On Friday, the 5th of February 2016, the North Africans ended the Parents Weekend in a blast with their Cultural Exchange. The Cultural Exchange took place from 7:30-8:30 in the school auditorium and was short, simple, but definitely exciting. The decoration was definitely eye catching as the candlelights caught the attention of people as we mingled around waiting for the doors to open. The audience was welcomed warmly into the show with a beautiful and tasty delicacy of Moroccan Samosa, Egyptian mousakaa, and Tunisian grilled salad. It was a night of food, dressing, language, music and dance of the North African countries of Libya, Egypt, Morocco, Mauritania, and Tunisia. The theme of the cultural exchange revolved around similarities between North African countries and interesting elements of each North African country.
The cultural exchange started of with a video of three families: The Moroccan family, Egyptian family, and Tunisian/ Algerian Family. After a while, the video ended and the actual families were seen on stage. The story unraveled with Aisha (Salma), the daughter of Tunisian-Algerian parents, unable to speak English catching the attention of many men in the community, specifically, Othmane’s (Yassine). The play then switches to a section of the TV titled “North Africa’s Got Talent”, where we saw beautiful dancing and singing performances from various North African countries. Judging from the audience’s reactions, it is safe to say that their favourite performance was Rahaf’s spoken word “Many Shades of Anger” by Rafeef Ziadah. Hind, also known as “Flower Power” made us crack up in laughter as she performed Justin Bieber’s “Love Yourself” in the rustiest voice possible. The lovely judges, CYCA representatives, who are in charge of the cultural exchanges at the Academy made Flower Power’s performances even funnier by stopping her just a few seconds into her performance.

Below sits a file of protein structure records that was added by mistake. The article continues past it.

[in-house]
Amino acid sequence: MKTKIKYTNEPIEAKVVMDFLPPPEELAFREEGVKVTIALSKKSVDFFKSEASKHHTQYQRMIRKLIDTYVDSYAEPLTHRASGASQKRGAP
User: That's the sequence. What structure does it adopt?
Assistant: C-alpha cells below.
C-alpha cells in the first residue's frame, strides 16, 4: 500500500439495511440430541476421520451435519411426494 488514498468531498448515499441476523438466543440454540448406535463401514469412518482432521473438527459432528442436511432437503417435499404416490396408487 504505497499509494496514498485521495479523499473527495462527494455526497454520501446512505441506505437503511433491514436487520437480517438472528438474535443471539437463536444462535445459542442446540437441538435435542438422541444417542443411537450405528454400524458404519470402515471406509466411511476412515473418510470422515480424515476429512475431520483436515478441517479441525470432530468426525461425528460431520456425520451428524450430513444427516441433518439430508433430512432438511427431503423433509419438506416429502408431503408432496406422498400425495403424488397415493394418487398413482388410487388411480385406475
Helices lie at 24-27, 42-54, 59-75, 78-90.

The cultural exchange then beautiful transitioned back into the play with funny scenes of Aisha and Othmane flirting with each other. At the end of the day, Othmane’s family visits Aisha’s family, asking for her hand in marriage, which she agrees, with her parents continually reminding her that he went to Yale and would bring in a lot of money.
The cultural exchange ended with the wedding of Aisha and Othmane, where we saw the beautiful display of dresses worn in different North African countries like the Jebba, Blouza and Fouta from Tunisia, and the Kaftans and Tunics from Morocco.
The Egyptians wrapped it up beautifully with a traditional dance and what else could the audience give to the North Africans besides a standing ovation?